The 2016 crash of a Paris-Cairo EgyptAir flight that killed all 66 people on board was likely caused by a cockpit fire, French investigators said, contradicting an earlier suggestion by Egyptian authorities that a bomb may have been the cause.
In rare criticism of another country’s crash probe, the French BEA air accident investigation agency said authorities in Egypt had apparently not followed up calls for further investigations.
Egyptian officials said traces of explosives were found on human remains retrieved from the crash, suggesting it was a malicious act.
“The BEA’s proposals concerning further work on the debris and recorded data were not, as far as the BEA knows, followed up. The technical elements of the investigation already collected by Egypt, including those provided by the BEA, are protected by the Egyptian judicial investigation,” the French statement said.
Twelve of those killed were French nationals.
It is unusual for investigators to comment publicly on a case led by their counterparts in another country. Any disagreement would usually be expressed confidentially, with public comments indicating serious divergences.
“The BEA considers the most likely hypothesis that a fire broke out in the cockpit while the aeroplane was flying at cruise altitude and the fire spread rapidly resulting in the loss of control of the aeroplane,” the statement said.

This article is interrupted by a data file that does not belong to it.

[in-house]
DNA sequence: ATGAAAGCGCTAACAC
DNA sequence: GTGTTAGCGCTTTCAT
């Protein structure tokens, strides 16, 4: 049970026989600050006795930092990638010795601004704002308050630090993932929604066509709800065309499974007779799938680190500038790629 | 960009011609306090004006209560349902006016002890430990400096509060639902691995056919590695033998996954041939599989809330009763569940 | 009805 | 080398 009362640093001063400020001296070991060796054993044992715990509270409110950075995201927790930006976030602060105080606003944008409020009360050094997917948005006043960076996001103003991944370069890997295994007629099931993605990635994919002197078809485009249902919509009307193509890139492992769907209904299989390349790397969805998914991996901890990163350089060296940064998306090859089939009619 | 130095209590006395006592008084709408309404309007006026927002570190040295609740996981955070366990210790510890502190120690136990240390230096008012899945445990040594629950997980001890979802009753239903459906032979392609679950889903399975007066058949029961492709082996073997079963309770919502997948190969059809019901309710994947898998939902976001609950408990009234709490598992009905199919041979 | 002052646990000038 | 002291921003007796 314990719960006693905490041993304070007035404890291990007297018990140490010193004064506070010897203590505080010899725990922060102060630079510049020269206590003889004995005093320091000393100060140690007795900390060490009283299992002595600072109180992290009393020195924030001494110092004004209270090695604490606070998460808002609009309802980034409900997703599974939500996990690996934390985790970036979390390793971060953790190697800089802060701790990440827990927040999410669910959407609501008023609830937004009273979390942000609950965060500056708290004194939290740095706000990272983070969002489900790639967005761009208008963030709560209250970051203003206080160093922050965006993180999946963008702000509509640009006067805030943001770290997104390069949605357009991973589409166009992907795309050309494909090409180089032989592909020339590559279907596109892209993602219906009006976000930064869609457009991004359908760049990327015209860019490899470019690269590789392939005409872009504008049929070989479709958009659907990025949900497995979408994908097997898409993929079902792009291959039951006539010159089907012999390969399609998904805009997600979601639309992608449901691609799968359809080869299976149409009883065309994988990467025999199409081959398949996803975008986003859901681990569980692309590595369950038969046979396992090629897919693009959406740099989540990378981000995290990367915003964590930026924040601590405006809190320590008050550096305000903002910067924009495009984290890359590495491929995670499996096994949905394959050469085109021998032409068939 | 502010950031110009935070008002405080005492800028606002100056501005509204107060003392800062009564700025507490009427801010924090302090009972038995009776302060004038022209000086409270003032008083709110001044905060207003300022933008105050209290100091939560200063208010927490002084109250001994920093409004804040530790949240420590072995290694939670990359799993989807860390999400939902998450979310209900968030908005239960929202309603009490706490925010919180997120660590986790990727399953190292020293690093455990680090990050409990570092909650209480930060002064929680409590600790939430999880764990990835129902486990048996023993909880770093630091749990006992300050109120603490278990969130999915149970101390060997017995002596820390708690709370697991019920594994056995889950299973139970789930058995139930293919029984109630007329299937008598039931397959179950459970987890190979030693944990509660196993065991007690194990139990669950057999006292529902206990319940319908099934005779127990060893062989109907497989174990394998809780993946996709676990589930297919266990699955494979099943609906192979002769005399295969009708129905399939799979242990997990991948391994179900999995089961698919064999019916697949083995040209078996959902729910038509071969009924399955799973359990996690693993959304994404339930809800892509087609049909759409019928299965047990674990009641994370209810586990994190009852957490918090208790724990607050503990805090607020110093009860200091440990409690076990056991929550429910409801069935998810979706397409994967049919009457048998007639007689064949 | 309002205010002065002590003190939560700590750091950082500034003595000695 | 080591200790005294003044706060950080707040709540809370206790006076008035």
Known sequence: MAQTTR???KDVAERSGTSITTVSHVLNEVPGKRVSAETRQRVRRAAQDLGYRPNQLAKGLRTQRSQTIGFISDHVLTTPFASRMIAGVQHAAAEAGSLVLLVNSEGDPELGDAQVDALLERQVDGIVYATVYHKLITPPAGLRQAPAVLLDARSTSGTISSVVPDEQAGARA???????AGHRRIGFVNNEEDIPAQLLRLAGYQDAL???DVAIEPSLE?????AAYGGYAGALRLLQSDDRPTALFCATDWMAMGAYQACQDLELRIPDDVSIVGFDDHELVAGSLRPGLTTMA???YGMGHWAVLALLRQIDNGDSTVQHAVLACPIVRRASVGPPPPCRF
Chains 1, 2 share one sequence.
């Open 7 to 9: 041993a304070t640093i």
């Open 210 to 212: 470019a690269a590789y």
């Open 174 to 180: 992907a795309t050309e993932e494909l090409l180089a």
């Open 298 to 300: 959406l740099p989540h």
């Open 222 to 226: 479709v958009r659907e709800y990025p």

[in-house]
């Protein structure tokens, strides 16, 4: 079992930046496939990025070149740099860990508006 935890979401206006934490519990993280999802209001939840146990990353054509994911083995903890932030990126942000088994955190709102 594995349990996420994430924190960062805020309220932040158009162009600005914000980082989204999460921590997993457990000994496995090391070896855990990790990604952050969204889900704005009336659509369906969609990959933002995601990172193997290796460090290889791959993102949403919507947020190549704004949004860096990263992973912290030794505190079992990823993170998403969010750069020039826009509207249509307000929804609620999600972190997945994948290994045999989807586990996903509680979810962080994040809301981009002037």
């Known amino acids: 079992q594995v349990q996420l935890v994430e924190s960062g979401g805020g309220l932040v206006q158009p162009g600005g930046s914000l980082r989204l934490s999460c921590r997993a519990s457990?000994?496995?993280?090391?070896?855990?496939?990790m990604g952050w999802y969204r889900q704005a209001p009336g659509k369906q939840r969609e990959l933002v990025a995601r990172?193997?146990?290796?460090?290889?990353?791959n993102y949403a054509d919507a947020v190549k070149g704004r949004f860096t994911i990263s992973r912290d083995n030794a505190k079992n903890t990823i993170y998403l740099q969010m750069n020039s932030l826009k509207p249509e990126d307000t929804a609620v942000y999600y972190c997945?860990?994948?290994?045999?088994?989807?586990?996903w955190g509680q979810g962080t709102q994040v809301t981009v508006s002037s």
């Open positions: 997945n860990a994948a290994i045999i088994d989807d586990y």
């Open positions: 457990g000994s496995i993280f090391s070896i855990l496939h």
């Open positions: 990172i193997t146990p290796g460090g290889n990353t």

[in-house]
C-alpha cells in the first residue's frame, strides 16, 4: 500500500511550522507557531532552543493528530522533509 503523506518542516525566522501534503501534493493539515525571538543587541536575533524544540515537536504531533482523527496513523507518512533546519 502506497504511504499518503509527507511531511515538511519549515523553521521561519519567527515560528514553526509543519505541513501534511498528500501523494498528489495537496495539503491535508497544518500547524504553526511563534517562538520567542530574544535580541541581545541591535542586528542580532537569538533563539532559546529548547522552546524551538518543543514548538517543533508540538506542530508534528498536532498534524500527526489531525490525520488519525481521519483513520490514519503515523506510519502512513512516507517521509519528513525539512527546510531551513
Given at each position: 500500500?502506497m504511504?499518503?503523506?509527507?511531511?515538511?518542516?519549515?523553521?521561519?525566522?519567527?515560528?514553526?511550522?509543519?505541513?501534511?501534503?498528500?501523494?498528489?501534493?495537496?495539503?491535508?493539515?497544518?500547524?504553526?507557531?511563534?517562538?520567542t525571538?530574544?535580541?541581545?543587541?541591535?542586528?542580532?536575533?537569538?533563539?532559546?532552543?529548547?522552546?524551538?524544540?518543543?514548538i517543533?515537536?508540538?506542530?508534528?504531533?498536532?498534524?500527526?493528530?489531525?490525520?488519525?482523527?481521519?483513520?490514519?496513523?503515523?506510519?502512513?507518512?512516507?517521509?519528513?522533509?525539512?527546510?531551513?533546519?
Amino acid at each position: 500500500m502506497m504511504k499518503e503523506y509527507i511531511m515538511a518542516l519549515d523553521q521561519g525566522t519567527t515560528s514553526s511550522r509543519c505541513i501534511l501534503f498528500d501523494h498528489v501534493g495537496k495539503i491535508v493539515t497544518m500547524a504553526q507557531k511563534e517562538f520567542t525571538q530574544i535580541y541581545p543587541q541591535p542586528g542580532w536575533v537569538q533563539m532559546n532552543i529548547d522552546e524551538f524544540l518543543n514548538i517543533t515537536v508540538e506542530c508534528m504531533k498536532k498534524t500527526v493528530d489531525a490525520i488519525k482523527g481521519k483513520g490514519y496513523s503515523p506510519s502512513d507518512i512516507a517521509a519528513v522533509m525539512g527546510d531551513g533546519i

It noted Egyptian investigators had not published a final report, adding the BEA was ready to start work again with Egyptian authorities if they were to resume work on the probe. International regulations stipulate a report should come out within a year of a crash.
EgyptAir was not immediately available for comment on the case, which was handed to judicial authorities after the Egyptian assessment in December 2016.
An official at Egypt’s aviation ministry, who asked to remain anonymous, said the public prosecutor was investigating and responsible for the case because of the potential for criminal charges.
A person familiar with the matter, who spoke on condition of anonymity, said: “There are political differences between France and Egypt over this investigation.” The source declined to give further details.
France and Egypt have in the past disagreed on crash investigations.
After a bomb brought down a Metrojet plane carrying Russian holidaymakers home from the Red Sea resort of Sharm al-Sheikh in October 2015, killing all 224 people on board, Egyptian officials initially denied widely held suspicions that a bomb caused the crash.
Neither France nor the United States suspected a bomb in the EgyptAir crash.
Islamic State claimed responsibility for the Metrojet bomb, saying it smuggled explosives aboard in a soft drink can.